Written and copyright © 2008-2013 by Thomas N. Bulkowski. All rights reserved.
This page reviews a study concerning the stock performance of companies with and without long-term debt.
Long-Term Debt Summary
Value Line defines long-term debt as "the portion of borrowings (including bank notes, debentures, and capitalized leases) that will be due not in the current 12 months, but in
future operating years."
I thought that debt was bad, that high levels risk ruining the company and no debt was preferred. Too high debt is detrimental, of course, but so is too little debt, according to
this study. I found that companies that had long-term debt had stocks that performed better than those companies with no debt.
Long-Term Debt Methodology
I used the Value Line investment survey and typed in their long-term debt numbers to build a database of 178 stocks with data ranging from 12/30/1991 to 7/11/2008.
After completing the database, I logged the close-to-close price change from 1 to 5 years out, looking
forward from the base year. The base year ranged from 1992 to 2006. Not all stocks covered the entire range.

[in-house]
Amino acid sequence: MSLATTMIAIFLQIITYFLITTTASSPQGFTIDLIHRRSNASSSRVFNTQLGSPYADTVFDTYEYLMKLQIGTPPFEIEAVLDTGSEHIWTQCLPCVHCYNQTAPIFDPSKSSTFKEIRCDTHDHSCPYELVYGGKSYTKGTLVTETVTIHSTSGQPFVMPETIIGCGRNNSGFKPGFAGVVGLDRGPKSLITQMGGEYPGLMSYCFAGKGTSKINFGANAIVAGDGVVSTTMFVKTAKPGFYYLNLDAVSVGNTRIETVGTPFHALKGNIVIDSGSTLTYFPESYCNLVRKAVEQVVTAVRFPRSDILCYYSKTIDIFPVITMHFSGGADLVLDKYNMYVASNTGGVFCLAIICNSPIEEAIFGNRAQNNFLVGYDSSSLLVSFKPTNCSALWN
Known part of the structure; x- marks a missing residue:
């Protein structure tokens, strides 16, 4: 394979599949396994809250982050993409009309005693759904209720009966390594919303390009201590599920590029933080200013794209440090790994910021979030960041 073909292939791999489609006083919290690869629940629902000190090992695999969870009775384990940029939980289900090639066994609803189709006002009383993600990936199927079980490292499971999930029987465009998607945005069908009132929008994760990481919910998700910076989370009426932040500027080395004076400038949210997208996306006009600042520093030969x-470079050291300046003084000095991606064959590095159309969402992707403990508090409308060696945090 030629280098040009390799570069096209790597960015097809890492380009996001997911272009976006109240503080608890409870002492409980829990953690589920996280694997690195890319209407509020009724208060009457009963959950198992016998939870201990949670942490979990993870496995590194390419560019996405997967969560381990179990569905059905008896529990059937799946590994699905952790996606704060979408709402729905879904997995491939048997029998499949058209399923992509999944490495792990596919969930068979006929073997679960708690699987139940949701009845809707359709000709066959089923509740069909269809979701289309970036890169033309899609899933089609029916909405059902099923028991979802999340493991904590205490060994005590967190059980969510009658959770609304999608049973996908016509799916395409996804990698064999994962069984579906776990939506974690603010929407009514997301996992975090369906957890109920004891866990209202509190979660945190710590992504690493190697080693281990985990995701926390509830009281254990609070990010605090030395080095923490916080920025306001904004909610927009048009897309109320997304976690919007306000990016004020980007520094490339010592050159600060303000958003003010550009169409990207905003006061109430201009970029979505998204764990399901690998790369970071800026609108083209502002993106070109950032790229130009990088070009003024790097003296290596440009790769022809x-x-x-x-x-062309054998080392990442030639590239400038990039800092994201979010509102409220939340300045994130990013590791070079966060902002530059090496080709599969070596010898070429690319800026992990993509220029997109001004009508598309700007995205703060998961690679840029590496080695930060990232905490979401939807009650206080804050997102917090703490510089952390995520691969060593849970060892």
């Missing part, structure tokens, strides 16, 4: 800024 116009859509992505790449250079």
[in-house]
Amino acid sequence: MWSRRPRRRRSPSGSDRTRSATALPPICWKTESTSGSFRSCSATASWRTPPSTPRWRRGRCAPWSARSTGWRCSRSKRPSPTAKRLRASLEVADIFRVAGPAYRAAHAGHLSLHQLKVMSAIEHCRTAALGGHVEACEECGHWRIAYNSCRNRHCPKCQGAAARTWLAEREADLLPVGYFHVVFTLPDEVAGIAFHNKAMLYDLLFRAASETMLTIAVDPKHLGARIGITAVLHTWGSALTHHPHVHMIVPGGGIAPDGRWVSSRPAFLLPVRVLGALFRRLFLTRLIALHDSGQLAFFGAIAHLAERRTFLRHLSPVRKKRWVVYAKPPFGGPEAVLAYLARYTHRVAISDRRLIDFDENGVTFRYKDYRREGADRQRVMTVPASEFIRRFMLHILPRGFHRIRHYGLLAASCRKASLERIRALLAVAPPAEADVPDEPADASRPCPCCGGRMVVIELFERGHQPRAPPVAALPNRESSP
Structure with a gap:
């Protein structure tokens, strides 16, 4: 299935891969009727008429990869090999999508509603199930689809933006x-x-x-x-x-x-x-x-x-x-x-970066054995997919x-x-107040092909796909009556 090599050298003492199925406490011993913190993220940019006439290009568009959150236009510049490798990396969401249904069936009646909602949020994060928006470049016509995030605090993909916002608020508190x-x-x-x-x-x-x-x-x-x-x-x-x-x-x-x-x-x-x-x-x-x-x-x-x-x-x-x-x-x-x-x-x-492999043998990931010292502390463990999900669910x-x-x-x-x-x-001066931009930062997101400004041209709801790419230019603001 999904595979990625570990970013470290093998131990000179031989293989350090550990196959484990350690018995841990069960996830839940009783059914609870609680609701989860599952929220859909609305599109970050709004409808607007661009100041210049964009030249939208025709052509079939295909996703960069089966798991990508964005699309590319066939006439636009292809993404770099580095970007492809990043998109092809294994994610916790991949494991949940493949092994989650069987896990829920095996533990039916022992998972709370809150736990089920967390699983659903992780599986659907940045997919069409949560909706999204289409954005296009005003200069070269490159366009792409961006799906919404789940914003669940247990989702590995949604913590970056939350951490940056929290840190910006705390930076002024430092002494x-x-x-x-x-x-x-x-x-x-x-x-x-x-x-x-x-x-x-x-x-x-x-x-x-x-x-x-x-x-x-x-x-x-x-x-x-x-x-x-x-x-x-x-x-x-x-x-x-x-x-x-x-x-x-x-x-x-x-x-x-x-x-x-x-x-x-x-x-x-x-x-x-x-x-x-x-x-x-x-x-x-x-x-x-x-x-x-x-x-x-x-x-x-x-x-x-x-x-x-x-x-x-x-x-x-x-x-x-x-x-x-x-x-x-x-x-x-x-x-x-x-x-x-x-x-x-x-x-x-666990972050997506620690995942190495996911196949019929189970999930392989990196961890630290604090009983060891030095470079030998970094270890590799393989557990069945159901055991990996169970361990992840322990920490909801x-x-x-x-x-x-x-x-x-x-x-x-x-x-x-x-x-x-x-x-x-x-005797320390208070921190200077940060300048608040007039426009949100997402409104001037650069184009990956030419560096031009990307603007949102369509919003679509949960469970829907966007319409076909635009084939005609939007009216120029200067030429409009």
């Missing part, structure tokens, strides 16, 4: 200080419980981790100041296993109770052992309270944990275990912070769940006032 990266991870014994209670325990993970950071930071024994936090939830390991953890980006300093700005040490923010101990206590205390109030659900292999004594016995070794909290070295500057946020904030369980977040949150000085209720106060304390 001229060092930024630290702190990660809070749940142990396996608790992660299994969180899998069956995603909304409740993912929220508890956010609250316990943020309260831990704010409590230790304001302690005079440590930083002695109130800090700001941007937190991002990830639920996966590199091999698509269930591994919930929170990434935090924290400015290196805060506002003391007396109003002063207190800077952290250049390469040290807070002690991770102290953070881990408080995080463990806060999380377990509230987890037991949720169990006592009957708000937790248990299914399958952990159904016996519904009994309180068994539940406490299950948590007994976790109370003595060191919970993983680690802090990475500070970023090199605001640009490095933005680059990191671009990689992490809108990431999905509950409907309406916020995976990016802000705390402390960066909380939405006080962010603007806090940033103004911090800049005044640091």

Years with no numbers were excluded. The price change measured from the close on the last trading day of each year.
Years 2008 and later are not included since the year had not completed as of the time of this study.
Long-Term Debt Results
The following table shows the stock performance companies with and without debt over time.
| ||1 yr||2 yrs||3 yrs||4 years||5 years|
For example, if companies had debt during year 0, they gained an average of 12.2% the following year. Companies with no debt showed stock prices rising 10.6%.
In each of the five years, companies with debt showed better stock performance over the coming one to five years than did those companies with no long-term debt.
The reason for this, I believe, is leverage. Those companies with a modest (whatever that means) amount of debt put it to work to make more money. Their
stock performance reflected that success by rising.
-- Thomas Bulkowski
Copyright © 2008-2013 by Thomas N. Bulkowski. All rights reserved. Q: What should you give a man who has everything? Q: A woman to show him how to work it.